This weekend...and a recipe for venison stroganoff


This weekend I'd like to...
1. Make a Golden Syrup Cake
2. Get ready for the Local Harvest Challenge
3. Decorate cool easter eggs
4. Celebrate National Pear Month with vanilla mousse and spiced poached pears (by the way this blog is really beautiful and worth a little browse)
5. Cook chestnuts! I have three kilos here so any ideas would be very welcome
6. Order my copy of Kinfolk Vol 3
7. Go for a walk with Alice and Chutney
8. Go mushroom picking (or purchasing) and make venison stroganoff (recipe below)

Venison Stroganoff with oven-baked chips

Yes it's old school and slightly challenged on the looks front; but to me, a good stroganoff is pretty close to 'the' perfect comfort food. Just the thing you might cook for a couple of friends to eat on the couch on a cool Autumn night.

The recipe below uses one of our beautiful venison tenderloins and a handful or two of saffron milk cap mushrooms. Of course if you can't source venison (though Sydney and Orange readers can always find us at these markets!), a nice beef fillet would also be great. The mushrooms we picked from my parents' in-law's amazing garden but could also be substituted with any good mushroom you can find.

400g venison tenderloin
50g butter
1 onion, finely sliced
200g saffron milk cap mushrooms (or button mushrooms)
2 tbsp olive oil
200ml sour cream
2 tsp lemon juice
1 tbsp parsley
400g King Edward potatoes (this variety makes awesome chips but if you can’t source any then any commonly available variety will be good too)

To make the chips, preheat the oven to 200C and line a tray with baking paper. Peel the potatoes and cut into thick chips. Place in one layer on the tray, drizzle lightly with olive oil and roast for 25-30 minutes or until crunchy and golden brown.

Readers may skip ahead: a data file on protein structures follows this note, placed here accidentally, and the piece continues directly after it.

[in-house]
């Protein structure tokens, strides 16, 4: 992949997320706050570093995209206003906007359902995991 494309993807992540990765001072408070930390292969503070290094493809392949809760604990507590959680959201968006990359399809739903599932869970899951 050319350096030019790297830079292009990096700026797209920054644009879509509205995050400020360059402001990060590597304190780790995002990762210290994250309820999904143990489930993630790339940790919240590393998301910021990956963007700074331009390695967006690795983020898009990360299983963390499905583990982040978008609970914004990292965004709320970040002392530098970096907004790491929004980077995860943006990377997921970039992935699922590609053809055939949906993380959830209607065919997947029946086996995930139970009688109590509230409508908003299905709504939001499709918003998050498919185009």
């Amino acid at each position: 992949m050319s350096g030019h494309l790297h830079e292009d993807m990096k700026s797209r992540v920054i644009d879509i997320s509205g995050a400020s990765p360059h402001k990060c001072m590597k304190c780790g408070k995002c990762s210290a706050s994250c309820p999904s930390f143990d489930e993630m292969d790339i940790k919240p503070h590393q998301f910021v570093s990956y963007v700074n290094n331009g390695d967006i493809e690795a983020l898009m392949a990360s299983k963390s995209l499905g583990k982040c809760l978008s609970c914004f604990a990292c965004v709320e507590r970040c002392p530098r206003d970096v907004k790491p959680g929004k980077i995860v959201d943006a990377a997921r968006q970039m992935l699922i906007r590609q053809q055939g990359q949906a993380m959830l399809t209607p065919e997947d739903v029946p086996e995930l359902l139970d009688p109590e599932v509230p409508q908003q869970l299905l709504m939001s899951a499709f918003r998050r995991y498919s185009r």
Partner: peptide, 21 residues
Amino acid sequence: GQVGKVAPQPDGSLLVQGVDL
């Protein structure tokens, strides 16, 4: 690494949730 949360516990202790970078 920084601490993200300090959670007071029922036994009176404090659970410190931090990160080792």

For the strog; cut the fillet into slices about 1cm thick, then cut each slice across the grain into strips 1cm wide. Melt the butter in a heavy-based saucepan, add the paprika and onion and cook gently until the onions are soft but not brown. About 5 minutes. Add the mushrooms and cook gently again for a few minutes, stirring well. Transfer this mixture to a plate and keep warm. Add a little of the olive oil and fry the venison in batches for a minute or two. Remove the meat and keep warm. Place the mushroom mixture back in the warm saucepan, stir through the sour cream and then add the meat and cook for just one more minute. Serve immediately with the potato chips.

Quince charming


We are three weeks away from hosting our first lunch at the Mandagery Creek Farm Kitchen* and the space is looking fantastic. We are painting the walls today and have just picked up our big communal table and chairs. My clever mother-in-law has done a fantastic job resurrecting the garden and if we can keep the rabbits away, it will be looking beautiful by April. One of the trees surrounding the shed is a lovely little quince, which usually produces buckets of fruit. Not this year. This year we picked four. In an effort to eek the very most out of this dismal harvest, I poached them in a basic sugar syrup then made a cake with some of the poached fruit, put the rest on our porridge this morning and made jellies out of the poaching liquid.